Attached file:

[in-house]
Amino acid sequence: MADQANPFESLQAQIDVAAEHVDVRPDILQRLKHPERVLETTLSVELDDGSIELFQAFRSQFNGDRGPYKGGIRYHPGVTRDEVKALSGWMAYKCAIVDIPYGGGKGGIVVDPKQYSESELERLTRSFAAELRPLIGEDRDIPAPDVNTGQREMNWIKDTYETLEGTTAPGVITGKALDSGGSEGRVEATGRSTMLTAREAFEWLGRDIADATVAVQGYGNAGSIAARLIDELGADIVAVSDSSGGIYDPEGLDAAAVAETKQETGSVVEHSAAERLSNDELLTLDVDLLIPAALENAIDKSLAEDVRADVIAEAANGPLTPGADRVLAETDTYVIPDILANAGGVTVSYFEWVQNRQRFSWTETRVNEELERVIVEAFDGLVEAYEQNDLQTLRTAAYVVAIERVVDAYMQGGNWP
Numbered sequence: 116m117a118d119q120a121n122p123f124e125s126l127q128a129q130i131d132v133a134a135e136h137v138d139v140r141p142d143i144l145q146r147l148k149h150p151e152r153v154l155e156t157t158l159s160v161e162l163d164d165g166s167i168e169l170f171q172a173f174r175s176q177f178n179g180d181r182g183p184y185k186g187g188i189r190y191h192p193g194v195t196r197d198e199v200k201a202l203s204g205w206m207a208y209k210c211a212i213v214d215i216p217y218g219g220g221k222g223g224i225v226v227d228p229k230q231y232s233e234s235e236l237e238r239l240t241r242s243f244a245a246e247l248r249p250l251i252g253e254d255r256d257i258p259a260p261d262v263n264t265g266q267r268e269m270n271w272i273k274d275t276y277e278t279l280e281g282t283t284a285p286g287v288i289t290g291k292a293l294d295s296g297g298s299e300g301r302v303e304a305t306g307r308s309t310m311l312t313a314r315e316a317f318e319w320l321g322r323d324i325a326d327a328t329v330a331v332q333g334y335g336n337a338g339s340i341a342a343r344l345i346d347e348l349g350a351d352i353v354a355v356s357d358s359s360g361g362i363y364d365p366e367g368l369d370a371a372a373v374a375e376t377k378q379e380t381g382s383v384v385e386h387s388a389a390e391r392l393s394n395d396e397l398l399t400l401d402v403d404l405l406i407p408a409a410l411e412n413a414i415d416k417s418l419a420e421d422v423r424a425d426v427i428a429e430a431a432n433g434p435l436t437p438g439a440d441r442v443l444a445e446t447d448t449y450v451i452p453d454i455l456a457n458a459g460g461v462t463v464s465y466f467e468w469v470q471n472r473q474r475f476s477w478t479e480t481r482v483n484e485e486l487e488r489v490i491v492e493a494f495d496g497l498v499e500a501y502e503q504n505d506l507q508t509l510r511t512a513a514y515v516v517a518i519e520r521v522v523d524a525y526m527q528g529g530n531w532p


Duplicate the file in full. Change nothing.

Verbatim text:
[in-house]
Amino acid sequence: MADQANPFESLQAQIDVAAEHVDVRPDILQRLKHPERVLETTLSVELDDGSIELFQAFRSQFNGDRGPYKGGIRYHPGVTRDEVKALSGWMAYKCAIVDIPYGGGKGGIVVDPKQYSESELERLTRSFAAELRPLIGEDRDIPAPDVNTGQREMNWIKDTYETLEGTTAPGVITGKALDSGGSEGRVEATGRSTMLTAREAFEWLGRDIADATVAVQGYGNAGSIAARLIDELGADIVAVSDSSGGIYDPEGLDAAAVAETKQETGSVVEHSAAERLSNDELLTLDVDLLIPAALENAIDKSLAEDVRADVIAEAANGPLTPGADRVLAETDTYVIPDILANAGGVTVSYFEWVQNRQRFSWTETRVNEELERVIVEAFDGLVEAYEQNDLQTLRTAAYVVAIERVVDAYMQGGNWP
Numbered sequence: 116m117a118d119q120a121n122p123f124e125s126l127q128a129q130i131d132v133a134a135e136h137v138d139v140r141p142d143i144l145q146r147l148k149h150p151e152r153v154l155e156t157t158l159s160v161e162l163d164d165g166s167i168e169l170f171q172a173f174r175s176q177f178n179g180d181r182g183p184y185k186g187g188i189r190y191h192p193g194v195t196r197d198e199v200k201a202l203s204g205w206m207a208y209k210c211a212i213v214d215i216p217y218g219g220g221k222g223g224i225v226v227d228p229k230q231y232s233e234s235e236l237e238r239l240t241r242s243f244a245a246e247l248r249p250l251i252g253e254d255r256d257i258p259a260p261d262v263n264t265g266q267r268e269m270n271w272i273k274d275t276y277e278t279l280e281g282t283t284a285p286g287v288i289t290g291k292a293l294d295s296g297g298s299e300g301r302v303e304a305t306g307r308s309t310m311l312t313a314r315e316a317f318e319w320l321g322r323d324i325a326d327a328t329v330a331v332q333g334y335g336n337a338g339s340i341a342a343r344l345i346d347e348l349g350a351d352i353v354a355v356s357d358s359s360g361g362i363y364d365p366e367g368l369d370a371a372a373v374a375e376t377k378q379e380t381g382s383v384v385e386h387s388a389a390e391r392l393s394n395d396e397l398l399t400l401d402v403d404l405l406i407p408a409a410l411e412n413a414i415d416k417s418l419a420e421d422v423r424a425d426v427i428a429e430a431a432n433g434p435l436t437p438g439a440d441r442v443l444a445e446t447d448t449y450v451i452p453d454i455l456a457n458a459g460g461v462t463v464s465y466f467e468w469v470q471n472r473q474r475f476s477w478t479e480t481r482v483n484e485e486l487e488r489v490i491v492e493a494f495d496g497l498v499e500a501y502e503q504n505d506l507q508t509l510r511t512a513a514y515v516v517a518i519e520r521v522v523d524a525y526m527q528g529g530n531w532p